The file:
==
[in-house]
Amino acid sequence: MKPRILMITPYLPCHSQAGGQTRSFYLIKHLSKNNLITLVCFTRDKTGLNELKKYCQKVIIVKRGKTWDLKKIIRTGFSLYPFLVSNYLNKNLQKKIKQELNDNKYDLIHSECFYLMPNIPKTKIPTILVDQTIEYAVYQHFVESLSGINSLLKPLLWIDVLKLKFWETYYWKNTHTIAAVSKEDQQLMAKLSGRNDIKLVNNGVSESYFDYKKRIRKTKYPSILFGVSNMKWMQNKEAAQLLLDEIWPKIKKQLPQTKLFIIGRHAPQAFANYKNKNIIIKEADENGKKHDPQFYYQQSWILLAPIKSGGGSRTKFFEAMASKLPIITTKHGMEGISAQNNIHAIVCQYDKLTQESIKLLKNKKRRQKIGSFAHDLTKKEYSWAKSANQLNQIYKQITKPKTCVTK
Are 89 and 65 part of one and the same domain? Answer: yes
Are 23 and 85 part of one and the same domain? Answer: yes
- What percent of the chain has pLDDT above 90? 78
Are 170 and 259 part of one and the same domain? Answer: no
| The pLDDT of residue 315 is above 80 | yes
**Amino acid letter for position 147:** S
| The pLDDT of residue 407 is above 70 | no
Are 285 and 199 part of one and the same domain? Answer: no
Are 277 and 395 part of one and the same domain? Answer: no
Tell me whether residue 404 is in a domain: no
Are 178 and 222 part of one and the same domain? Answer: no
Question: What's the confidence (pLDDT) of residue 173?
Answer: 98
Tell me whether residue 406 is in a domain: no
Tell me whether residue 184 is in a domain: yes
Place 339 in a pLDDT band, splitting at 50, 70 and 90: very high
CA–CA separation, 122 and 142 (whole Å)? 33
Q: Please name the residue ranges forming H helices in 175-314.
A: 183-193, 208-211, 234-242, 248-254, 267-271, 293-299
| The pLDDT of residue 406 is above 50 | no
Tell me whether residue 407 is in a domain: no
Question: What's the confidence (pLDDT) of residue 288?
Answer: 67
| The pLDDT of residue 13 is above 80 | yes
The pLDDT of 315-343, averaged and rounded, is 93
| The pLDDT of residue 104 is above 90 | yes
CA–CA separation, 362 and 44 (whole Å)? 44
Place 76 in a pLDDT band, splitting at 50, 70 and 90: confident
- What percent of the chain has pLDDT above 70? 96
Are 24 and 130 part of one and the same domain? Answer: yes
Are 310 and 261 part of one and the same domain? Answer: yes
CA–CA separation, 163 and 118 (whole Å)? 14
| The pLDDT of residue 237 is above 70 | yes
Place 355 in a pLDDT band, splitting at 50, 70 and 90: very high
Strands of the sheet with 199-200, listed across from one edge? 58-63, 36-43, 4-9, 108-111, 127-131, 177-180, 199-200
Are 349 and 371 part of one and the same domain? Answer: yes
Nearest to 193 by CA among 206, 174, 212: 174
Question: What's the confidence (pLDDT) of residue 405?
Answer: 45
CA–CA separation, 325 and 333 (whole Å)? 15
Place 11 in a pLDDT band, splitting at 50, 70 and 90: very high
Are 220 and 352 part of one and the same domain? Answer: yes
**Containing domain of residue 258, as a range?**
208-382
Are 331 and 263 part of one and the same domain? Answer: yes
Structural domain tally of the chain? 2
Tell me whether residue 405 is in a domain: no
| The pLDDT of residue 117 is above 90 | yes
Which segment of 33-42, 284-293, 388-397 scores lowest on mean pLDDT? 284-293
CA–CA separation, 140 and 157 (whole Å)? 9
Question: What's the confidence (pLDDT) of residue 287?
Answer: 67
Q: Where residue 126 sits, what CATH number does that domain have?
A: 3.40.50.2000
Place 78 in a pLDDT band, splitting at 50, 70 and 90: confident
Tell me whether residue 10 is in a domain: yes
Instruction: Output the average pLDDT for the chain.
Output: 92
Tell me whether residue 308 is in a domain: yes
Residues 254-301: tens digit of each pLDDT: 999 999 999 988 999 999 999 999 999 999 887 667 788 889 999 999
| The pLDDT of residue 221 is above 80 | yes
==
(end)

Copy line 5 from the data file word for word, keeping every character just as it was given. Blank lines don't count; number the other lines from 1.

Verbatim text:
- What percent of the chain has pLDDT above 90? 78